Wow, it’s great that May has arrived. Our wedding month! When I look at the calendar, I can see the weeks and days leading right up to our wedding.
I’ve had a burst of energy in the past few days and have finished one of our four elements table runners today – Air. I’ve also done quite a bit of quilting on Cleaved.
Now is the Month of Maying is is one of the most famous of the English madrigals, by Thomas Morley published in 1595. It is one of a few that will be sung prior to our wedding ceremony.
Now is the Month of Maying
“Now is the month of maying,
When merry lads are playing, fa la,
Each with his bonny lass
Upon the greeny grass. Fa la.
The Spring, clad all in gladness,
Doth laugh at Winter’s sadness, fa la,
And to the bagpipe’s sound
The nymphs tread out their ground. Fa la.
Fie then! why sit we musing,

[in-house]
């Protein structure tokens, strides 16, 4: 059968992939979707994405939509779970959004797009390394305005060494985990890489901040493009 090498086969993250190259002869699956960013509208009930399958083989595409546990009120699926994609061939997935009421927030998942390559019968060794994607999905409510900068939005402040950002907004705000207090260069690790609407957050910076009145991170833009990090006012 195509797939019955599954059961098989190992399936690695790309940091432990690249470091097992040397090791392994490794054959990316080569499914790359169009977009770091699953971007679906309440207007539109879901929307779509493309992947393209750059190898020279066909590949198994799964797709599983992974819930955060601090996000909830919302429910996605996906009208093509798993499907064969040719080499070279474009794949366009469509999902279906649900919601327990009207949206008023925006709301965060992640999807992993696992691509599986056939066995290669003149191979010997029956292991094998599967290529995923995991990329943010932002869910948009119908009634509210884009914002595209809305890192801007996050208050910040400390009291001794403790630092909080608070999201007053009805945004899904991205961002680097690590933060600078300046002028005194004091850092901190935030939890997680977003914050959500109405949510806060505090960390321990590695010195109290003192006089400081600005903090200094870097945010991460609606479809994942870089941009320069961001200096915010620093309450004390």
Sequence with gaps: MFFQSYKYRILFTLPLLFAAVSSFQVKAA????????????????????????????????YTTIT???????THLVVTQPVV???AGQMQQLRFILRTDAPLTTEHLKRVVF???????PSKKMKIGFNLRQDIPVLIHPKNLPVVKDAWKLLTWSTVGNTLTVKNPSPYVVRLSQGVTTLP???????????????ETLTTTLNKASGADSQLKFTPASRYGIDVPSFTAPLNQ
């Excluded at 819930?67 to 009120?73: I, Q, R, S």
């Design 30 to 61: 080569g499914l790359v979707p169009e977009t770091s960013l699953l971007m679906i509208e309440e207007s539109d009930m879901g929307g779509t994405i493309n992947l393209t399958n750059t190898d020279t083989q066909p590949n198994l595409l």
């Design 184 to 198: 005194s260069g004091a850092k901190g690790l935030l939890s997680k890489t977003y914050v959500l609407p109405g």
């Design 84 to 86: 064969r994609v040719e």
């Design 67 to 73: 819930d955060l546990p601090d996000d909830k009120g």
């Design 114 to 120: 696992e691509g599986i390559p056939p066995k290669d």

Youth’s sweet delight refusing? Fa la.
Say, dainty nymphs, and speak,
Shall we play at barley-break? Fa la.
Barley-Break is an old English country game frequently mentioned by the poets of the 17th and 18th centuries. It was played by three pairs, each composed of a man and a woman, who were stationed in three bases or plots, contiguous to each other. The couple occupying the middle base, called hell or prison, endeavoured to catch the other two, who, when chased, might break to avoid being caught. If one was overtaken, he and his companion were condemned to hell. From this game was taken the expression “the last couple in hell,” often used in old plays.
Its use in literature usually has sexual connotations. The best known example is in Thomas Middleton and William Rowley’s play The Changeling, in which an adulterer tells his cuckold “I coupled with your mate at barley-break; now we are left in hell”. The use of the phrase in Thomas Morley’s madrigal Now is the Month of Maying probably means something similar to the idiom “roll in the hay”.
Source – Wikipedia